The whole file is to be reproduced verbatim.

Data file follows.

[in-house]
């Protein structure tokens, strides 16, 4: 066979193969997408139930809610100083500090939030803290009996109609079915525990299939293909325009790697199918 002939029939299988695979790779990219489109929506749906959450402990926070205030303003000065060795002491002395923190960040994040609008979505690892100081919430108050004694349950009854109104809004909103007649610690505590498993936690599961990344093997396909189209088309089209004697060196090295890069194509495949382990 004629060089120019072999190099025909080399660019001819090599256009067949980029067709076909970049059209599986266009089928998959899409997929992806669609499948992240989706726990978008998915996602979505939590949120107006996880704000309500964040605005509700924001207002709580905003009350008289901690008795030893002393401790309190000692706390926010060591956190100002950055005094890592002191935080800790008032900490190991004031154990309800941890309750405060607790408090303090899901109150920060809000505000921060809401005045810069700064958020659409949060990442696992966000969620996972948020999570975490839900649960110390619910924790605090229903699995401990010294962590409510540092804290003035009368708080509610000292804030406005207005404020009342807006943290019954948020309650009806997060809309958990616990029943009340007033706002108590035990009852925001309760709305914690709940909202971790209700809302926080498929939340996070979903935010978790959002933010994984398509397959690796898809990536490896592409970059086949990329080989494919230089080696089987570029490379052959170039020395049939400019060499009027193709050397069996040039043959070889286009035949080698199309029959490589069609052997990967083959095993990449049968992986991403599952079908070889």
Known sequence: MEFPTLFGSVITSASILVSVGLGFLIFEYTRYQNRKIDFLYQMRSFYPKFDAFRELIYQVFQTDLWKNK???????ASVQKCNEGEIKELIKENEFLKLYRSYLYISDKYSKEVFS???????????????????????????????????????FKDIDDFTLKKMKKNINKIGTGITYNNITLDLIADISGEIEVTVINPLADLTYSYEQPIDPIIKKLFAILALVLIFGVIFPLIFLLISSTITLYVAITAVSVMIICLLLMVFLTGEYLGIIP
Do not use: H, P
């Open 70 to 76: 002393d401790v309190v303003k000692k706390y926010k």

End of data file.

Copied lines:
[in-house]
């Protein structure tokens, strides 16, 4: 066979193969997408139930809610100083500090939030803290009996109609079915525990299939293909325009790697199918 002939029939299988695979790779990219489109929506749906959450402990926070205030303003000065060795002491002395923190960040994040609008979505690892100081919430108050004694349950009854109104809004909103007649610690505590498993936690599961990344093997396909189209088309089209004697060196090295890069194509495949382990 004629060089120019072999190099025909080399660019001819090599256009067949980029067709076909970049059209599986266009089928998959899409997929992806669609499948992240989706726990978008998915996602979505939590949120107006996880704000309500964040605005509700924001207002709580905003009350008289901690008795030893002393401790309190000692706390926010060591956190100002950055005094890592002191935080800790008032900490190991004031154990309800941890309750405060607790408090303090899901109150920060809000505000921060809401005045810069700064958020659409949060990442696992966000969620996972948020999570975490839900649960110390619910924790605090229903699995401990010294962590409510540092804290003035009368708080509610000292804030406005207005404020009342807006943290019954948020309650009806997060809309958990616990029943009340007033706002108590035990009852925001309760709305914690709940909202971790209700809302926080498929939340996070979903935010978790959002933010994984398509397959690796898809990536490896592409970059086949990329080989494919230089080696089987570029490379052959170039020395049939400019060499009027193709050397069996040039043959070889286009035949080698199309029959490589069609052997990967083959095993990449049968992986991403599952079908070889």
Known sequence: MEFPTLFGSVITSASILVSVGLGFLIFEYTRYQNRKIDFLYQMRSFYPKFDAFRELIYQVFQTDLWKNK???????ASVQKCNEGEIKELIKENEFLKLYRSYLYISDKYSKEVFS???????????????????????????????????????FKDIDDFTLKKMKKNINKIGTGITYNNITLDLIADISGEIEVTVINPLADLTYSYEQPIDPIIKKLFAILALVLIFGVIFPLIFLLISSTITLYVAITAVSVMIICLLLMVFLTGEYLGIIP
Do not use: H, P
């Open 70 to 76: 002393d401790v309190v303003k000692k706390y926010k």